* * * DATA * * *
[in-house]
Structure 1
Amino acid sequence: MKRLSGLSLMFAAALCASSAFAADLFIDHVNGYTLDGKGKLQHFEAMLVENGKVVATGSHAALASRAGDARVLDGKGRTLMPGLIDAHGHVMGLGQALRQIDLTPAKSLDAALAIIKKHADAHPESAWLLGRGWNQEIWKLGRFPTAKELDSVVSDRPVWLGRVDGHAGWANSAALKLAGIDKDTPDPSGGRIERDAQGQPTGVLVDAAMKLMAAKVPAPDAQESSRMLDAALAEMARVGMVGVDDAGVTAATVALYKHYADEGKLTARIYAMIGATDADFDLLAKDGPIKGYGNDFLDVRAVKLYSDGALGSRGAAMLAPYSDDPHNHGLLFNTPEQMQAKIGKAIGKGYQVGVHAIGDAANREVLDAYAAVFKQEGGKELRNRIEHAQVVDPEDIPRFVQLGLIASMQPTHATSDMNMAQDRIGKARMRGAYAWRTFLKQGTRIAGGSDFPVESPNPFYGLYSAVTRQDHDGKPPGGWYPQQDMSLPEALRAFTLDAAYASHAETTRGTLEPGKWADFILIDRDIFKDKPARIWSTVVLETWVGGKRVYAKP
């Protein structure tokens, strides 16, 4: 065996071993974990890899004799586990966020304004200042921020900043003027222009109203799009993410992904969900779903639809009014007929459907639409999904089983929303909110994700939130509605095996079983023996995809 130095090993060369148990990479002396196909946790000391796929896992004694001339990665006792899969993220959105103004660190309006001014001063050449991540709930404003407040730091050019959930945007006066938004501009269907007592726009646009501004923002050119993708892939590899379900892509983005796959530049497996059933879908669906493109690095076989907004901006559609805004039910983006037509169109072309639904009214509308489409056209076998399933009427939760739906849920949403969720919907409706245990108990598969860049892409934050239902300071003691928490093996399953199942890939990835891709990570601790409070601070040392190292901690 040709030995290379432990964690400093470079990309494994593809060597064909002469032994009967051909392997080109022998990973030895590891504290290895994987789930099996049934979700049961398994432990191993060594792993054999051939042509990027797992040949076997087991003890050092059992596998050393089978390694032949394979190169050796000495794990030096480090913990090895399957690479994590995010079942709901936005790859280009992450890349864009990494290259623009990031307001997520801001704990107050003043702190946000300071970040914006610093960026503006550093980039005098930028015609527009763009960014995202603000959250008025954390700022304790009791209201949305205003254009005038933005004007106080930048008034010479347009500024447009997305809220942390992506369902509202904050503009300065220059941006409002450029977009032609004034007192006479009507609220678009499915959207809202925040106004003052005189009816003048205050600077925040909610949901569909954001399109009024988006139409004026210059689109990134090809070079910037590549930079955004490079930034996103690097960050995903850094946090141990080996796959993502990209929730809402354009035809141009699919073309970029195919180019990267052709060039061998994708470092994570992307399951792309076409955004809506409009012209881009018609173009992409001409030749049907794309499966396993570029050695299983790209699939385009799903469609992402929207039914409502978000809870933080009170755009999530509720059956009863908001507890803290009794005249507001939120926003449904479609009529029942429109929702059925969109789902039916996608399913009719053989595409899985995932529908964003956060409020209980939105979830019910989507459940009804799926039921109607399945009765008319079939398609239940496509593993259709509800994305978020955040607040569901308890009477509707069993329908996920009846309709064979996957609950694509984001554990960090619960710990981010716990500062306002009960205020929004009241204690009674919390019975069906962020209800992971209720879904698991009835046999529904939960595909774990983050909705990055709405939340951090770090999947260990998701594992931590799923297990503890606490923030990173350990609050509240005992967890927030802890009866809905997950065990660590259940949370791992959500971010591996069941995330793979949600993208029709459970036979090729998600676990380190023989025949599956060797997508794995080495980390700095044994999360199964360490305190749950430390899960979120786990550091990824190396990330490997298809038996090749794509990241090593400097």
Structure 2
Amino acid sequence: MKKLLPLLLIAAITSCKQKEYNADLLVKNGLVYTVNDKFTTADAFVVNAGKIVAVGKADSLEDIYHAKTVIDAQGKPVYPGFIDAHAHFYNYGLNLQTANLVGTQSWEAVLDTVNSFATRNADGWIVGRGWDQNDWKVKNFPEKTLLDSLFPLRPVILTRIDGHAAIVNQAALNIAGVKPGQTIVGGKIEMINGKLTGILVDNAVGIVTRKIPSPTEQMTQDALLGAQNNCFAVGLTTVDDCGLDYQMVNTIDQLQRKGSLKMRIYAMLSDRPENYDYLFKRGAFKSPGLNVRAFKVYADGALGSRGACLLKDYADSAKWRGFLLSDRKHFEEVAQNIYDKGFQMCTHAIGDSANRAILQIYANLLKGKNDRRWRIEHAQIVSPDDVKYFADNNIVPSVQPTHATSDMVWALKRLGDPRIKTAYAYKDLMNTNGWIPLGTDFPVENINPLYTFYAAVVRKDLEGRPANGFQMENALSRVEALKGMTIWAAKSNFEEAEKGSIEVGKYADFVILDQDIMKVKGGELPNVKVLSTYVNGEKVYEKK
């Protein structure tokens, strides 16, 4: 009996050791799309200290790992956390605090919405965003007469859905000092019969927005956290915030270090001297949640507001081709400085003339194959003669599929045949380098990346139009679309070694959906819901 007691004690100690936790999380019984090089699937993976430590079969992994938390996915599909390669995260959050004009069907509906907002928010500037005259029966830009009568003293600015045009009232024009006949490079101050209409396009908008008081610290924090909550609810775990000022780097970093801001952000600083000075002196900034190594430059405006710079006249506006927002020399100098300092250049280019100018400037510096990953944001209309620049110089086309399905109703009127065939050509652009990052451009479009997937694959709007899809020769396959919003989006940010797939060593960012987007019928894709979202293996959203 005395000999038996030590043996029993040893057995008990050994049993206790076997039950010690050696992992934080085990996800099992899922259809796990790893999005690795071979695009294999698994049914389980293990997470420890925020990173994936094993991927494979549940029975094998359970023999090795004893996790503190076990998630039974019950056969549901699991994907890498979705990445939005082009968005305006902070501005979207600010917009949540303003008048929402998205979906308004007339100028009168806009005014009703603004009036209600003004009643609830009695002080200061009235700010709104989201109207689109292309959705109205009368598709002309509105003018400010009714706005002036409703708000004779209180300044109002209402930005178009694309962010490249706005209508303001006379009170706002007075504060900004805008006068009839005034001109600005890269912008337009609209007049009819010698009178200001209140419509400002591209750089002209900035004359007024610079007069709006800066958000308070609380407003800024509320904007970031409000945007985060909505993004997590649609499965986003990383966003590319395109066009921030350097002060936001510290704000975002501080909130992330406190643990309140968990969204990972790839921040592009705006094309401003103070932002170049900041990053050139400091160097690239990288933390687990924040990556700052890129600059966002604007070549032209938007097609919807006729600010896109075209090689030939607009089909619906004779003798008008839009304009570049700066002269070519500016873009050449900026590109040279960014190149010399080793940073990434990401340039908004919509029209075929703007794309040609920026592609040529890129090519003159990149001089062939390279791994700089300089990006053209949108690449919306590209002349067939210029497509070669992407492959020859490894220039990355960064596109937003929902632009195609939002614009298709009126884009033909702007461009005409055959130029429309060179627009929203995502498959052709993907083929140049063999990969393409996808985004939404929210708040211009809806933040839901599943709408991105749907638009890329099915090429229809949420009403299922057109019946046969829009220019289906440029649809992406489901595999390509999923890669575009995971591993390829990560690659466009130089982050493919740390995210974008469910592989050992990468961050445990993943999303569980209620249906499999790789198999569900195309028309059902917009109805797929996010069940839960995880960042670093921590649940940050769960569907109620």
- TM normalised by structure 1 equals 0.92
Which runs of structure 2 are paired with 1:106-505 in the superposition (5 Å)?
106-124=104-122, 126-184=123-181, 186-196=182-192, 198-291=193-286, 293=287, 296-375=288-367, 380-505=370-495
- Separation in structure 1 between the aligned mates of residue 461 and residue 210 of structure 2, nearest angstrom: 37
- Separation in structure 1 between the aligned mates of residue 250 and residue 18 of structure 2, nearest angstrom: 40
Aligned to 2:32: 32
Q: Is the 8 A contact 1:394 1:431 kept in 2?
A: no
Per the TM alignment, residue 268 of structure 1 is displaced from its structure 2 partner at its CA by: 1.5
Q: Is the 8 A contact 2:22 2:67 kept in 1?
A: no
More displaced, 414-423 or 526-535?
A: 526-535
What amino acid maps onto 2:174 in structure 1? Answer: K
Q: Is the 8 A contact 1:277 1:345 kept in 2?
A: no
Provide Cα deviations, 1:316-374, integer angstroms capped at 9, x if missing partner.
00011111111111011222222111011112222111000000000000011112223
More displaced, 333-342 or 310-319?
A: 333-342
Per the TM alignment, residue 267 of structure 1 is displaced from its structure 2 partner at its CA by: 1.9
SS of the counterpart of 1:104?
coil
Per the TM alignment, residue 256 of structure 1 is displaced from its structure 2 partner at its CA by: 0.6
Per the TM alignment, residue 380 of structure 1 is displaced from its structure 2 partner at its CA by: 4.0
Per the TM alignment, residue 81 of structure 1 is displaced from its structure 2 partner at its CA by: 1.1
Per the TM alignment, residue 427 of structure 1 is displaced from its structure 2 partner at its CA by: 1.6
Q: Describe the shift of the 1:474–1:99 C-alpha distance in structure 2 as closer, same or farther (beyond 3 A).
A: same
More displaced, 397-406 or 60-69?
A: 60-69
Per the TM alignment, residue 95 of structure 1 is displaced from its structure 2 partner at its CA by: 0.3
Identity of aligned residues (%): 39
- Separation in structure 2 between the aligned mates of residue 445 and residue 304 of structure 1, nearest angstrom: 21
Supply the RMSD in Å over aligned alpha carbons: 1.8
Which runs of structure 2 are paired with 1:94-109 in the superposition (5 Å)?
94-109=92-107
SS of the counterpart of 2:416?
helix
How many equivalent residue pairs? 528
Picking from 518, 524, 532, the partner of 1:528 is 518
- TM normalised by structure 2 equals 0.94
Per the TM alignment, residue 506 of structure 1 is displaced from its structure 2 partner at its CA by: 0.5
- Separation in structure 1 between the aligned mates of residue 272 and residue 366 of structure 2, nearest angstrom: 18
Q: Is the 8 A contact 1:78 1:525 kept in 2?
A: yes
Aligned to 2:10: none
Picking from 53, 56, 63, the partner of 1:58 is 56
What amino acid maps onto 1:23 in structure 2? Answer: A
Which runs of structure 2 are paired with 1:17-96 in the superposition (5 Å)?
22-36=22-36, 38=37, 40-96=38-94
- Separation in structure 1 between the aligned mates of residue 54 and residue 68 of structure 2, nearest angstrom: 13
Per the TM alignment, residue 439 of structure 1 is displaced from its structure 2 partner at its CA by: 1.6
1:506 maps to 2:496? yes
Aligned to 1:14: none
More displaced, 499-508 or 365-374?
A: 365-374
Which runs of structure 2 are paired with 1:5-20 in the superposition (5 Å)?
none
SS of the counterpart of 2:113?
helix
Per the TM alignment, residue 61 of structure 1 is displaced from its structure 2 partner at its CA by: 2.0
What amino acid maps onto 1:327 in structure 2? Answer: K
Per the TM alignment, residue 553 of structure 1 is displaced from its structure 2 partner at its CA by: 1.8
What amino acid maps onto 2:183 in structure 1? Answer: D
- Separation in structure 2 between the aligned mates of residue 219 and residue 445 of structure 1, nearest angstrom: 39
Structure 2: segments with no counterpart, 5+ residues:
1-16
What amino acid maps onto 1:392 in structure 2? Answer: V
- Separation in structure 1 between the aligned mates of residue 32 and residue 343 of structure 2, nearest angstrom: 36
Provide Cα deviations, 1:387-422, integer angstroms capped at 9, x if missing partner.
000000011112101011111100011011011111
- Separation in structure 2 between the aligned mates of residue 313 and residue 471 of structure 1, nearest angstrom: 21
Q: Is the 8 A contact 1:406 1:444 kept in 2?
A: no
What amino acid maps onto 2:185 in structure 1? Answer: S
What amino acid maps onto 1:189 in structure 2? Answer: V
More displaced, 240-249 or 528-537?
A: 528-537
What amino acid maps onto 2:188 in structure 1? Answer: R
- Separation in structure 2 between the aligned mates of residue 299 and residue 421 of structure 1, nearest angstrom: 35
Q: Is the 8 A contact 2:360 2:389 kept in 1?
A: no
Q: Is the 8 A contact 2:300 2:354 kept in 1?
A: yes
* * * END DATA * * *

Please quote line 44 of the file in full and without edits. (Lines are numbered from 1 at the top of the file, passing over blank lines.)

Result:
94-109=92-107